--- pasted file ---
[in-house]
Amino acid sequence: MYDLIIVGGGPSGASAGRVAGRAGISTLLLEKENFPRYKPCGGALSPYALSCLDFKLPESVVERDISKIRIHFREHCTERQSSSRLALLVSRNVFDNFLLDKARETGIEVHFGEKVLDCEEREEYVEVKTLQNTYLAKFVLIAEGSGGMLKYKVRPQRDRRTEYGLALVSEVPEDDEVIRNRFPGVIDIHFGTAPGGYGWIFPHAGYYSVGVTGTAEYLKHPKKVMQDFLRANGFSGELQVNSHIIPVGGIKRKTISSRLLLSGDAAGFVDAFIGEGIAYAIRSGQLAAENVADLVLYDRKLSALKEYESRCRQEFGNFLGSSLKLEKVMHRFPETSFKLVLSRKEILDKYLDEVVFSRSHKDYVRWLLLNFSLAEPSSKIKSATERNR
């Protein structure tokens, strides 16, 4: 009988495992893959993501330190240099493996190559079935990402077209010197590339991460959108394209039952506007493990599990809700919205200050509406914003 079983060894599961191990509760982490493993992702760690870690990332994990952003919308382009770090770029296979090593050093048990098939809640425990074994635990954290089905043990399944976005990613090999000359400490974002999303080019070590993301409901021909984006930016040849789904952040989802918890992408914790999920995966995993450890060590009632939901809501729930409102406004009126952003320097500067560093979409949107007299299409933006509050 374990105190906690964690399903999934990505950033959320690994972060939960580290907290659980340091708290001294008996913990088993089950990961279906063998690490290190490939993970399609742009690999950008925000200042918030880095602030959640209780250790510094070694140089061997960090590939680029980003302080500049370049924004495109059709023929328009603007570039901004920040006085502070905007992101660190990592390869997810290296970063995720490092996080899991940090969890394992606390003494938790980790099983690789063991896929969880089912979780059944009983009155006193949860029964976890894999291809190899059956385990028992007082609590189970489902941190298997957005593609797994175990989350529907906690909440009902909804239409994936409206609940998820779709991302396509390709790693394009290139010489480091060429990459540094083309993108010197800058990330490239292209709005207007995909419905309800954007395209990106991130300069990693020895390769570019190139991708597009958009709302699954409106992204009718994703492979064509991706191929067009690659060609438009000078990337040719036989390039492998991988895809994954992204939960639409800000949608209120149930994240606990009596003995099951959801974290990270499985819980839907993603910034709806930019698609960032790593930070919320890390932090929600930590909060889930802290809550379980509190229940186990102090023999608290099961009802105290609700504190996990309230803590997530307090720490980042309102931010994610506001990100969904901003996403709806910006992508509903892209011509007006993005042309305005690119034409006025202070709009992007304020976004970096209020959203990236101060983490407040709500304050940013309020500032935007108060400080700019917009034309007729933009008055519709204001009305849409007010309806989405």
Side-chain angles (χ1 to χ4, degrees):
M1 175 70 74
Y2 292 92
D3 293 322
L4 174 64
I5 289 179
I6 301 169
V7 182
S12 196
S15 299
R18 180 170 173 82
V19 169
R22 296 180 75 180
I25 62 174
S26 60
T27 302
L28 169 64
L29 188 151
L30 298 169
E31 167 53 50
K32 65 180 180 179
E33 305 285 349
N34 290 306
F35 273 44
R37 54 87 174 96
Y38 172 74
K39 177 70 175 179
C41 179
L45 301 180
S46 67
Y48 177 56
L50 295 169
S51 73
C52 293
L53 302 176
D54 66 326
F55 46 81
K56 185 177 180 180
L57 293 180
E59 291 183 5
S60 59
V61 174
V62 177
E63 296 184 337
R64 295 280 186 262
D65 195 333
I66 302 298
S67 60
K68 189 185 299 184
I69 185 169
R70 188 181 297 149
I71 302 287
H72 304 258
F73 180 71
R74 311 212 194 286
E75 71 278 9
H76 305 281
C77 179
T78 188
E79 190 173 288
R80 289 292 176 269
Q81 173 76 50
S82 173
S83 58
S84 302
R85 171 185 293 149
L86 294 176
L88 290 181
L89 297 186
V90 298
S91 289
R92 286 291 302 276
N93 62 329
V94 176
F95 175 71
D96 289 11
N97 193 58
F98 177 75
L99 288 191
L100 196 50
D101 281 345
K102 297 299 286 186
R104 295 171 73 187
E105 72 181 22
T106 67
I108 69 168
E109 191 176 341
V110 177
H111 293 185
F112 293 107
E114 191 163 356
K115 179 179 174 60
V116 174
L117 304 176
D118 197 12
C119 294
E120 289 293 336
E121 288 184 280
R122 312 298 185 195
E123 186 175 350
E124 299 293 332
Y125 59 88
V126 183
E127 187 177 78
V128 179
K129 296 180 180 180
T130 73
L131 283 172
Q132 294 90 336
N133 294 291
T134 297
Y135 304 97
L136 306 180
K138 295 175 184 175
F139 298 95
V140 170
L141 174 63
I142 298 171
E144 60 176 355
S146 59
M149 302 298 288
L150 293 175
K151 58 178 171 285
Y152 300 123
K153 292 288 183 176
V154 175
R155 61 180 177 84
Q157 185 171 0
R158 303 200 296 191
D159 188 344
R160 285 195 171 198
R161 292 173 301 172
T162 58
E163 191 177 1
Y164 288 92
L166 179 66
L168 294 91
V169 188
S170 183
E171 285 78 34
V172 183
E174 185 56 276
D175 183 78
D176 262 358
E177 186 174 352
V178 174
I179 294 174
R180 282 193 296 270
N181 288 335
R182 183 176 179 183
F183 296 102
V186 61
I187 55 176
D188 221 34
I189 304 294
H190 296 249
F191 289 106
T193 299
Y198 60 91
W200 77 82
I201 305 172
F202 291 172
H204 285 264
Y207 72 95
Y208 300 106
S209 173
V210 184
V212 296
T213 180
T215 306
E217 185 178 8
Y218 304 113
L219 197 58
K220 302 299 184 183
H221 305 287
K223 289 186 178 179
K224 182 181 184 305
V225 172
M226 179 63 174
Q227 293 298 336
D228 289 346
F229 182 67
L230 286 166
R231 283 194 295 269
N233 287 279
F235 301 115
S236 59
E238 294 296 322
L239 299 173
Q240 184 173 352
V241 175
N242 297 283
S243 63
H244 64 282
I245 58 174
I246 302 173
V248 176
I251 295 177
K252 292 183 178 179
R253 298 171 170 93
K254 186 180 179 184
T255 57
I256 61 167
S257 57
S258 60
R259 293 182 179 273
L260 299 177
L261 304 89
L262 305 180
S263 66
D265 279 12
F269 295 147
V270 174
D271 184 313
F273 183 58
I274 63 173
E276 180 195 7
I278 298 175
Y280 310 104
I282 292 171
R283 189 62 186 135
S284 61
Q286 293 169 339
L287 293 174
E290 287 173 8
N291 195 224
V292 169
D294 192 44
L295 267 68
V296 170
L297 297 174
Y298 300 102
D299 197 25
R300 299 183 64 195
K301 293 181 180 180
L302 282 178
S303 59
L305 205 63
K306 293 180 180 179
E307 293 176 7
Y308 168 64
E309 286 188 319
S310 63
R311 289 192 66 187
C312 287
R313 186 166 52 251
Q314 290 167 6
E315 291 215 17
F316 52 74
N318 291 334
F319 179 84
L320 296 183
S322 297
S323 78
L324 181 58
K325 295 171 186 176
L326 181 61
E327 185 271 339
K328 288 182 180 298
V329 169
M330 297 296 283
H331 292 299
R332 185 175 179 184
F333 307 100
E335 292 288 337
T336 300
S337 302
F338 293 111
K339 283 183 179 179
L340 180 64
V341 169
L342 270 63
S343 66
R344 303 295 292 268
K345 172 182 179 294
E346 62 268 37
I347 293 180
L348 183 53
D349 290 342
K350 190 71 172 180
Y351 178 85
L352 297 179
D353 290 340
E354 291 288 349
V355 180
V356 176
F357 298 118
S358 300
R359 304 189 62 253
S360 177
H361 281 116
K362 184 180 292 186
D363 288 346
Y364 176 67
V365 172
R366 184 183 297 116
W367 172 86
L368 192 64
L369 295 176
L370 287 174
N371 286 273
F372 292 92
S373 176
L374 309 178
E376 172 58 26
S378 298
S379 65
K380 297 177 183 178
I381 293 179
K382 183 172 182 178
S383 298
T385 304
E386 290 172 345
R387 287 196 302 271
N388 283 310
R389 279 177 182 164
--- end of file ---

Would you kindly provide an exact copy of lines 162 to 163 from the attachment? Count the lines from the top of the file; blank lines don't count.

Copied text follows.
Y198 60 91
W200 77 82